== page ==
I dislike Valentine's Day VD for several reasons. Not only is it overrated and expensive but it perpetuates unrealistic notions of romance. Don't even get me started on all the VD cliches. I mean, shouldn't you show/tell your loved ones you care every day not just today. Anyway...I digress. This post has absolutely nothing to do with autism. Today I just needed to keep it light.
So ladies & gents, if you're having a sucky Valentine's - feel free to blame these guys:
Daddy Warbucks: Disgustingly wealthy, single and he adopts an orphan. He sings and dances and marries his secretary! Not only did Daddy Warbucks ruin any girl with daddy issues, but also gave false hope to the single secretary looking for love.
Mike Brady: What is it about the single dad? He's an architect who remarries a woman with 3 kids. Not only that, but Carol is a stay at home and they have a housekeeper. Mike never complains about anything. Ever. And in my Brady Bunch watching years, he never turned on the television to watch any kind of sport.
Danny Zuko (Grease): The blue eyed bad boy. With that voice and those moves. Any girl would gladly haul all her cookies all the way to the beach for this guy. Danny abandons the T-Birds and is willing to do anything to get his Sandy back.
Tristan (Legends of the Fall): Um...it's Brad Pitt. Need I say more?
Gilbert (What's Eating Gilbert Grape?): Johnny Depp. Again. Need I say more? Me thinks not.
Hawkeye (The Last of the Mohicans): When Hawkeye (Daniel Day Lewis) tells Cora (Madeline Stowe) "You stay alive, no matter what occurs! I will find you. No matter how long it takes, no matter how far, I will find you." And he's all sweaty, chest heaving with passion and she's all damsel in distress tough girl and with that music playing in the background...soooo dramatic.
Johnny Castle (Dirty Dancing): Another bad ass who can dance. Seriously? And that whole lake scene, lifting Baby up...then telling her dad off. "Nobody puts Baby in a corner."
Noah (The Notebook): "If you're a bird I'm a bird." Aside from the fact that Noah is incredibly charming. He builds a freaking HOUSE! How can anyone not fall for Ryan Gosling. But if you're not a fan of Ryan, I guarantee you will be after you see what Sunday Stillwell's did with him. He can Hey Girl me anytime ;)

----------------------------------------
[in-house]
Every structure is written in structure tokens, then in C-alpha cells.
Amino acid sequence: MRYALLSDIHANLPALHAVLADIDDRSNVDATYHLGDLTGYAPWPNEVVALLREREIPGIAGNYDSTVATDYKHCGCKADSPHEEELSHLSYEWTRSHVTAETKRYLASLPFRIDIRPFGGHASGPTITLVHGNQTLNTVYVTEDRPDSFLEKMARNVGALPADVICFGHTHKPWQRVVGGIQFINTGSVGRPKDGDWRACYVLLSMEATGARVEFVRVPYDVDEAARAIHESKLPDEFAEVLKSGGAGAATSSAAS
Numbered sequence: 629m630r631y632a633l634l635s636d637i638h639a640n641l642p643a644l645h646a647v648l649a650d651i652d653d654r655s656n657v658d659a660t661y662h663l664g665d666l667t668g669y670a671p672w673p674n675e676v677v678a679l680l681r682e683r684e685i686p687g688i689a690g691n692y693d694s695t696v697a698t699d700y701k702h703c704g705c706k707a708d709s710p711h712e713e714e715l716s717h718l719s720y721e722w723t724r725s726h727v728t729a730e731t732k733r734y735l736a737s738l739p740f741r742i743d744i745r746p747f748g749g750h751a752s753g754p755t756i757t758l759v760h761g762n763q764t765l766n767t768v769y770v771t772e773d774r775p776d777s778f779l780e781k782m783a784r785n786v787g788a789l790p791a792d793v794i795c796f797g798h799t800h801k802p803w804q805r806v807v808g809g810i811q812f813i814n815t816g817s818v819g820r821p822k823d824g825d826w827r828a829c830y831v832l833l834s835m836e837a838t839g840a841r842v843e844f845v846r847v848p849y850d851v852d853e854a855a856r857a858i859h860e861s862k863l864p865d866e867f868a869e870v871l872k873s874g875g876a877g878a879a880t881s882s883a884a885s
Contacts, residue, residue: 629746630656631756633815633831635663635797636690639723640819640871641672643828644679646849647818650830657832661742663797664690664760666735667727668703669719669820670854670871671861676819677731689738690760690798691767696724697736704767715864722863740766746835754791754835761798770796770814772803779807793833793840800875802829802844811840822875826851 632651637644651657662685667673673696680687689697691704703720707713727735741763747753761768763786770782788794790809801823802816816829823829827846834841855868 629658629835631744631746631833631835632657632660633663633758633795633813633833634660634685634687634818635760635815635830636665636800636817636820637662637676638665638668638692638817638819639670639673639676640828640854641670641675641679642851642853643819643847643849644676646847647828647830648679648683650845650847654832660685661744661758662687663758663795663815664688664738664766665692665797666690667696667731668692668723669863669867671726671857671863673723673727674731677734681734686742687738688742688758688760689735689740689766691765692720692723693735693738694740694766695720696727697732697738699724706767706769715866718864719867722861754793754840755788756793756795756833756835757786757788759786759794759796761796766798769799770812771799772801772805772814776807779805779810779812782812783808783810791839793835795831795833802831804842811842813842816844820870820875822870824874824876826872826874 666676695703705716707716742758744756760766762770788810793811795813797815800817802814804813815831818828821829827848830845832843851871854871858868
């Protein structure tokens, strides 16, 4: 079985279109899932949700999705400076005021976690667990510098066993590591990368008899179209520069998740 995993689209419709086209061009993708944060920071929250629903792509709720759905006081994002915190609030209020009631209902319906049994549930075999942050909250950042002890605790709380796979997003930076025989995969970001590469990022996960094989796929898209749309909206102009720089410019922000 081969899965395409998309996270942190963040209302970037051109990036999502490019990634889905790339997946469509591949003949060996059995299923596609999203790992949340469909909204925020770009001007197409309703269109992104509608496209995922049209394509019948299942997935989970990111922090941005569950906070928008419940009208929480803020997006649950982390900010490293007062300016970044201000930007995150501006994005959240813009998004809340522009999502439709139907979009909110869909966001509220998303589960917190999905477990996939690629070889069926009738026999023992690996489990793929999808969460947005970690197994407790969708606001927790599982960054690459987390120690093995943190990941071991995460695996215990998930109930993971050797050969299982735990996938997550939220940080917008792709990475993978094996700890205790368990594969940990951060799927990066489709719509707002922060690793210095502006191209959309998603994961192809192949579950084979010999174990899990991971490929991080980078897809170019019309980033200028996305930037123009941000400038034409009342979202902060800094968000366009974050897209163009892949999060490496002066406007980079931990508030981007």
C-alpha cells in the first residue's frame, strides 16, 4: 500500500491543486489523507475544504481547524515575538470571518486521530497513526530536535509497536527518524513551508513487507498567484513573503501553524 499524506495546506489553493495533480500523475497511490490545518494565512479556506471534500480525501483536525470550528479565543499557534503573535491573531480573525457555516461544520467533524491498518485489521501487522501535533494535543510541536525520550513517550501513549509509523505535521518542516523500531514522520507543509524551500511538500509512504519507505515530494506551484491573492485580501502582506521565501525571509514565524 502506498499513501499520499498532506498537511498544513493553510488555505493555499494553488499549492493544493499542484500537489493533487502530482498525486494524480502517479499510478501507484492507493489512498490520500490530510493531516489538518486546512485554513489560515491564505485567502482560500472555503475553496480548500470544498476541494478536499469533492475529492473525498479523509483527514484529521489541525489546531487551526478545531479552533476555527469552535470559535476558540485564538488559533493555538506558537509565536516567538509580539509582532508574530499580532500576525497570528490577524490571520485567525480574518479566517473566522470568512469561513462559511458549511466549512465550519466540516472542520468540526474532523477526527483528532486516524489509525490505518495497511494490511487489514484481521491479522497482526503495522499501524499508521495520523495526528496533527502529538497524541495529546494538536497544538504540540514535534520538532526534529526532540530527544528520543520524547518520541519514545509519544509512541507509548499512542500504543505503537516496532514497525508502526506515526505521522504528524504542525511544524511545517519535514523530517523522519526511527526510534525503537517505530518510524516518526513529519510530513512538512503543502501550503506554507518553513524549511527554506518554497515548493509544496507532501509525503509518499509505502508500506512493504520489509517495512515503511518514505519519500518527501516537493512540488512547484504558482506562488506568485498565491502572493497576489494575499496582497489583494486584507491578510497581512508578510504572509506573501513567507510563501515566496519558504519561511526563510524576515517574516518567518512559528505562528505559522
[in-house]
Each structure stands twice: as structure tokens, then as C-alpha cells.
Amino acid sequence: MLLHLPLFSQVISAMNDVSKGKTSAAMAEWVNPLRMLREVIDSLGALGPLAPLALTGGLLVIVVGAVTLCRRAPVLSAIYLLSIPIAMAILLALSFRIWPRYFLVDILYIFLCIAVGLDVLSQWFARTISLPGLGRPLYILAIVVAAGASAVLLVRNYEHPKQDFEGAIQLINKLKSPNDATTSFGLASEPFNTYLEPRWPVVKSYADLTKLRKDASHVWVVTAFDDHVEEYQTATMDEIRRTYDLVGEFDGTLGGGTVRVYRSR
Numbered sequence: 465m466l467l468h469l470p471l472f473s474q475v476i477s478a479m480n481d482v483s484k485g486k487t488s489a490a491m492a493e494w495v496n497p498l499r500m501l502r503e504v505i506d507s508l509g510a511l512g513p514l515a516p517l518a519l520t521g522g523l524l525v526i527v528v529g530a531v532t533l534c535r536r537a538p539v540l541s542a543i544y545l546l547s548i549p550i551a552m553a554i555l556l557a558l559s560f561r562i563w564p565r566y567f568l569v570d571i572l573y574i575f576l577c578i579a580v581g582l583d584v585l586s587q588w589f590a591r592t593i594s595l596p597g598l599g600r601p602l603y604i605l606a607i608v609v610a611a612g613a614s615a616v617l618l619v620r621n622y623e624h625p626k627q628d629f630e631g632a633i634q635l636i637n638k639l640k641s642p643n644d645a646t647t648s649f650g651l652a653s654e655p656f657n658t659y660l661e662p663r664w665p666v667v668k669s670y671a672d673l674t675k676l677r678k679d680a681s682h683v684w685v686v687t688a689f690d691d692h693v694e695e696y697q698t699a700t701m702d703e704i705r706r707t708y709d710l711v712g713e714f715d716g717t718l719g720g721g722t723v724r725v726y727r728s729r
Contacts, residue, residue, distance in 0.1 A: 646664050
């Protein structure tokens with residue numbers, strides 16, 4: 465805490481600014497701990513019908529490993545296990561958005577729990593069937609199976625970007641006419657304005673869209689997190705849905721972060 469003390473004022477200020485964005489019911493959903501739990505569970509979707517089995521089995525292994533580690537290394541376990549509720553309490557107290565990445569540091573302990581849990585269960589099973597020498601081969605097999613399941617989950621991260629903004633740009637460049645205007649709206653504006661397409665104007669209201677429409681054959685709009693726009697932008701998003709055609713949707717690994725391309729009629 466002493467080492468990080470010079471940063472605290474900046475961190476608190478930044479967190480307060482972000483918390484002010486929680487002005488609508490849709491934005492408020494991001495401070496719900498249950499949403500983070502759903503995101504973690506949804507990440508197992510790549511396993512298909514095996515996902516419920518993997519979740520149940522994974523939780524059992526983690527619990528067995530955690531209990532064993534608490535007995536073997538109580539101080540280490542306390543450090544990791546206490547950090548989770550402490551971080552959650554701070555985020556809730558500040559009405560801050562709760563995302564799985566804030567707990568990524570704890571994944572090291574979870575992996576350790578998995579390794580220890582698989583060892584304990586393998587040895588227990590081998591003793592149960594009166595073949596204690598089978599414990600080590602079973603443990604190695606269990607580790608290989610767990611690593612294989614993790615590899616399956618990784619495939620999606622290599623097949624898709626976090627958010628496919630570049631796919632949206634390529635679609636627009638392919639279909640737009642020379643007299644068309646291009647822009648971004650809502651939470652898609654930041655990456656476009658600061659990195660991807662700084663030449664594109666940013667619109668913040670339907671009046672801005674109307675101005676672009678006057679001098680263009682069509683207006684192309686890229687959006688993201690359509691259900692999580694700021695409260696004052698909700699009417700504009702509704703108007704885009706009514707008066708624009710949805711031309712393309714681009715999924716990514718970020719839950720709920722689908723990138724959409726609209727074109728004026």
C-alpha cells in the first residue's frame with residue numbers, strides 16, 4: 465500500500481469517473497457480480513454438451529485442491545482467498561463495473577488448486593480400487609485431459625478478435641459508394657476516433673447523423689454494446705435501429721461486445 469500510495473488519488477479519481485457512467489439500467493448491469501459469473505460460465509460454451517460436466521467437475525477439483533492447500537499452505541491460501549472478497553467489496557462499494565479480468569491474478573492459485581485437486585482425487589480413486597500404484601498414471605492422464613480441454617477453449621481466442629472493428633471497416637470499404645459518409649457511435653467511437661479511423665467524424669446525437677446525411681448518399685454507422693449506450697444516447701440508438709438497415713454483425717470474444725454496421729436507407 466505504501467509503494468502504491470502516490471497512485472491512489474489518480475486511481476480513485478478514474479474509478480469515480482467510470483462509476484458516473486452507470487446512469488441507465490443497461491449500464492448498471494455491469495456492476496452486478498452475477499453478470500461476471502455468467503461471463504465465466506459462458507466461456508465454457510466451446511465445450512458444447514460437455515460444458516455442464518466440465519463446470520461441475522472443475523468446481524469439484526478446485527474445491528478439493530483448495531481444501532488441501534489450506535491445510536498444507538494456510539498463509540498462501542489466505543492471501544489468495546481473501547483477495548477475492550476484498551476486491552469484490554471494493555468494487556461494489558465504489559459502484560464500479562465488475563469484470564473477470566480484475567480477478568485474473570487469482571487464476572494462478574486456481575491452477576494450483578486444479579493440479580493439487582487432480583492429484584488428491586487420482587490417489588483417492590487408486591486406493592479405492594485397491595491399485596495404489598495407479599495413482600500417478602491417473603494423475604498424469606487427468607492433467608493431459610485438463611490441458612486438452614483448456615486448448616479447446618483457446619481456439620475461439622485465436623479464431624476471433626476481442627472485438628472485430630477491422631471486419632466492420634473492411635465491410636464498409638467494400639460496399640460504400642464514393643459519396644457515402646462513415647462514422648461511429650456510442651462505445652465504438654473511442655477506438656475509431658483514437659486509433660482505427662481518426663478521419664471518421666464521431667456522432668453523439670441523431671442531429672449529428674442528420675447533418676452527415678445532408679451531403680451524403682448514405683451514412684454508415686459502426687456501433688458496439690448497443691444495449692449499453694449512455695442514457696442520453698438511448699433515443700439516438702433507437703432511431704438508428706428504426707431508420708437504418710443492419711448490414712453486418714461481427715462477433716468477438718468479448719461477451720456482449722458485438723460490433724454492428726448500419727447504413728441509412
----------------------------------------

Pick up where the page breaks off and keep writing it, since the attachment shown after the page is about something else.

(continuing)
Edward/Jacob: (Twilight) All of it. The books, the movies. The lines thrown around by these 2 have ruined Valentine's Day for millions. I mean, really? Who can top -"No measure of time will be long enough. But let's start with forever." Who says this kind of sappy crap? (I still swoon whenever he says it. I watched Breaking Dawn twice this weekend. Don't judge me.)
But I gotta tell you, none of these guys can hold a candle to my guy.
Yesterday, The Husband was off from work and sent me an unexpected text. "I know how you like it."
And then he sent this picture with it:
And for me, there's nothing sexier than a man who knows what to do with a mop. I swooned...
This is actually 90 pieces, I had already filled a cup cake holder with 10 pieces.
Today we concentrated on the number 100. It was inspired by a class project to celebrate the 100th day of school this Tuesday. And I wanted to do something a little creative (and cheap).
Since the beginning of the school year, we've gone through lots of crayons. (Seriously, there are crayons everywhere in our apartment.) And we had a 100 pieces of broken crayons. So last night The Boy and I peeled off the paper (though he's done a good job of doing that himself over the last few months).
Now a while back someone told me she did this with her kids and suggested I try it with The Boy. And I kind of laughed. Because (a) I'm not artsy craftsy and (b) I don't really bake. (Yes, I realize, this doesn't really count as baking.) Anyway - I've seen lots of other bloggy moms do it. So...I figured why not.
And it was pretty cool! Wanna know how I did it? Well, I went to a bunch of different blog mom sites and it's all the same. But since the Unknown Mamiis one of my favorite mommy blog writers - go HERE to see how she did it. I didn't have the cool tray she has and when I pulled them out of the oven, I swirled the liquidy crayon mixture around with a takeout chopstick. (Some sites, suggested toothpicks - I just don't keep toothpicks around. So I improvised).
I'm not sure if this is the kind of project The Boy's teacher had in mind. So I'm sending in a backup project...just in case. Check out the video below. Today I heard The Boy count to 100! Something I wasn't sure he could do. (Don't worry - I started recording 80.) But he was so proud when he finished and that smile is priceless! (After he colored the numbered squares, he cut them out and glued them on another sheet of paper.)